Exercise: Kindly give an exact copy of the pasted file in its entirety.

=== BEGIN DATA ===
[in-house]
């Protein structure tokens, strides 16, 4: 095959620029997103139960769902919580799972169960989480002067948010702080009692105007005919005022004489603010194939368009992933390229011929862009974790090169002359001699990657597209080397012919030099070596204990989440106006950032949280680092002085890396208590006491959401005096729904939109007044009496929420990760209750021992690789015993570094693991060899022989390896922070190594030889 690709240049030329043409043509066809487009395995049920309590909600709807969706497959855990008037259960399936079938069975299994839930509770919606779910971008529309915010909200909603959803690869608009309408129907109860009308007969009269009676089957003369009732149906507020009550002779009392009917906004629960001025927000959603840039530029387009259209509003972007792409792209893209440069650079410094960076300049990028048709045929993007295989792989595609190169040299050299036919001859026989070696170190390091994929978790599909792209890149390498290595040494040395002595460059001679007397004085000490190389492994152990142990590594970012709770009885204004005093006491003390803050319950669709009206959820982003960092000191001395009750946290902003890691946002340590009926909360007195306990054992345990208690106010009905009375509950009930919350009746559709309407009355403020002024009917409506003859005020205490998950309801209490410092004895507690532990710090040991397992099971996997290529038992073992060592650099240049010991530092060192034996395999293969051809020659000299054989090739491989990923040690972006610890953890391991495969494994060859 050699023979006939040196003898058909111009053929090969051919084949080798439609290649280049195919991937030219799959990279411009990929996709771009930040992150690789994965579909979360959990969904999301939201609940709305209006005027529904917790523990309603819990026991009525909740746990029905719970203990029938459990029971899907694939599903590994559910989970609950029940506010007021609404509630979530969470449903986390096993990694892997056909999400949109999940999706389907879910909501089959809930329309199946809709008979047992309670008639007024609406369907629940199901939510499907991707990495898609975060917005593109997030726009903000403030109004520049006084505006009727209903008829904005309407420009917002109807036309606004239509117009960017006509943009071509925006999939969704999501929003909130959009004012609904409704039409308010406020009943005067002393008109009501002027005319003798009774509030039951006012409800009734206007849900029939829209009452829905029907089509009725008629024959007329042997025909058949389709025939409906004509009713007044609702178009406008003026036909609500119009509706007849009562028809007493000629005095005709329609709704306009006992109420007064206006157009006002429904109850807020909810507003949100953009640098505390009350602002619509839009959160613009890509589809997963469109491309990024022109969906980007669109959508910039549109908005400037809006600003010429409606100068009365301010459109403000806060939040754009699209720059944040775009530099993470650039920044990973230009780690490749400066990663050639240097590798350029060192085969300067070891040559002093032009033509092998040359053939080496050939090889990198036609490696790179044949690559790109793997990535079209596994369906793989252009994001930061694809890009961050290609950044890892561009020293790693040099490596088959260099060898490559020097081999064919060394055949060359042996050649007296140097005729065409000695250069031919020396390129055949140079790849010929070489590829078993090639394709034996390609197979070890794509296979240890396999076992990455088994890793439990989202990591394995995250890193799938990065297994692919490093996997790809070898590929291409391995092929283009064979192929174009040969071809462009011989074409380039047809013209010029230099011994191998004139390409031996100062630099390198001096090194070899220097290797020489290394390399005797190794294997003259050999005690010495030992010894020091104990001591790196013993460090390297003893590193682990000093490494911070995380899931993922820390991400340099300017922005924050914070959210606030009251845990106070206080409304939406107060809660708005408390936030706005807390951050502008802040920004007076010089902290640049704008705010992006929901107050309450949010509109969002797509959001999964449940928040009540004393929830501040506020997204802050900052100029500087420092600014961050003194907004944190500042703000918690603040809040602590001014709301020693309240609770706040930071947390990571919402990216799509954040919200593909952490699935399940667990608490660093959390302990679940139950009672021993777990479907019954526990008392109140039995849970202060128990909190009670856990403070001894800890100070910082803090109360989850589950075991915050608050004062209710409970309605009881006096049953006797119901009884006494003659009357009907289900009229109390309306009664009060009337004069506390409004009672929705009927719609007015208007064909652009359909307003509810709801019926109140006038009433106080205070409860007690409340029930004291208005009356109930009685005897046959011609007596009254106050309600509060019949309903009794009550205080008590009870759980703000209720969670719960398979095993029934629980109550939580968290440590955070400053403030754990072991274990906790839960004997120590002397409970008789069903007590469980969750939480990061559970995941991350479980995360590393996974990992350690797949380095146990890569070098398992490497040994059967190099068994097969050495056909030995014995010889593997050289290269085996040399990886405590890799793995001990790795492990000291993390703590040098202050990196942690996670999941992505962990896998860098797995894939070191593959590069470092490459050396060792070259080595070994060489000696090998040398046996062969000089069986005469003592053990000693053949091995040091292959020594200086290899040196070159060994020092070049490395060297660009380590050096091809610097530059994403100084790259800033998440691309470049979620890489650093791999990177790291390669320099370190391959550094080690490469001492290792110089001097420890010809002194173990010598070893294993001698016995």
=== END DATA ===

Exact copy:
[in-house]
């Protein structure tokens, strides 16, 4: 095959620029997103139960769902919580799972169960989480002067948010702080009692105007005919005022004489603010194939368009992933390229011929862009974790090169002359001699990657597209080397012919030099070596204990989440106006950032949280680092002085890396208590006491959401005096729904939109007044009496929420990760209750021992690789015993570094693991060899022989390896922070190594030889 690709240049030329043409043509066809487009395995049920309590909600709807969706497959855990008037259960399936079938069975299994839930509770919606779910971008529309915010909200909603959803690869608009309408129907109860009308007969009269009676089957003369009732149906507020009550002779009392009917906004629960001025927000959603840039530029387009259209509003972007792409792209893209440069650079410094960076300049990028048709045929993007295989792989595609190169040299050299036919001859026989070696170190390091994929978790599909792209890149390498290595040494040395002595460059001679007397004085000490190389492994152990142990590594970012709770009885204004005093006491003390803050319950669709009206959820982003960092000191001395009750946290902003890691946002340590009926909360007195306990054992345990208690106010009905009375509950009930919350009746559709309407009355403020002024009917409506003859005020205490998950309801209490410092004895507690532990710090040991397992099971996997290529038992073992060592650099240049010991530092060192034996395999293969051809020659000299054989090739491989990923040690972006610890953890391991495969494994060859 050699023979006939040196003898058909111009053929090969051919084949080798439609290649280049195919991937030219799959990279411009990929996709771009930040992150690789994965579909979360959990969904999301939201609940709305209006005027529904917790523990309603819990026991009525909740746990029905719970203990029938459990029971899907694939599903590994559910989970609950029940506010007021609404509630979530969470449903986390096993990694892997056909999400949109999940999706389907879910909501089959809930329309199946809709008979047992309670008639007024609406369907629940199901939510499907991707990495898609975060917005593109997030726009903000403030109004520049006084505006009727209903008829904005309407420009917002109807036309606004239509117009960017006509943009071509925006999939969704999501929003909130959009004012609904409704039409308010406020009943005067002393008109009501002027005319003798009774509030039951006012409800009734206007849900029939829209009452829905029907089509009725008629024959007329042997025909058949389709025939409906004509009713007044609702178009406008003026036909609500119009509706007849009562028809007493000629005095005709329609709704306009006992109420007064206006157009006002429904109850807020909810507003949100953009640098505390009350602002619509839009959160613009890509589809997963469109491309990024022109969906980007669109959508910039549109908005400037809006600003010429409606100068009365301010459109403000806060939040754009699209720059944040775009530099993470650039920044990973230009780690490749400066990663050639240097590798350029060192085969300067070891040559002093032009033509092998040359053939080496050939090889990198036609490696790179044949690559790109793997990535079209596994369906793989252009994001930061694809890009961050290609950044890892561009020293790693040099490596088959260099060898490559020097081999064919060394055949060359042996050649007296140097005729065409000695250069031919020396390129055949140079790849010929070489590829078993090639394709034996390609197979070890794509296979240890396999076992990455088994890793439990989202990591394995995250890193799938990065297994692919490093996997790809070898590929291409391995092929283009064979192929174009040969071809462009011989074409380039047809013209010029230099011994191998004139390409031996100062630099390198001096090194070899220097290797020489290394390399005797190794294997003259050999005690010495030992010894020091104990001591790196013993460090390297003893590193682990000093490494911070995380899931993922820390991400340099300017922005924050914070959210606030009251845990106070206080409304939406107060809660708005408390936030706005807390951050502008802040920004007076010089902290640049704008705010992006929901107050309450949010509109969002797509959001999964449940928040009540004393929830501040506020997204802050900052100029500087420092600014961050003194907004944190500042703000918690603040809040602590001014709301020693309240609770706040930071947390990571919402990216799509954040919200593909952490699935399940667990608490660093959390302990679940139950009672021993777990479907019954526990008392109140039995849970202060128990909190009670856990403070001894800890100070910082803090109360989850589950075991915050608050004062209710409970309605009881006096049953006797119901009884006494003659009357009907289900009229109390309306009664009060009337004069506390409004009672929705009927719609007015208007064909652009359909307003509810709801019926109140006038009433106080205070409860007690409340029930004291208005009356109930009685005897046959011609007596009254106050309600509060019949309903009794009550205080008590009870759980703000209720969670719960398979095993029934629980109550939580968290440590955070400053403030754990072991274990906790839960004997120590002397409970008789069903007590469980969750939480990061559970995941991350479980995360590393996974990992350690797949380095146990890569070098398992490497040994059967190099068994097969050495056909030995014995010889593997050289290269085996040399990886405590890799793995001990790795492990000291993390703590040098202050990196942690996670999941992505962990896998860098797995894939070191593959590069470092490459050396060792070259080595070994060489000696090998040398046996062969000089069986005469003592053990000693053949091995040091292959020594200086290899040196070159060994020092070049490395060297660009380590050096091809610097530059994403100084790259800033998440691309470049979620890489650093791999990177790291390669320099370190391959550094080690490469001492290792110089001097420890010809002194173990010598070893294993001698016995």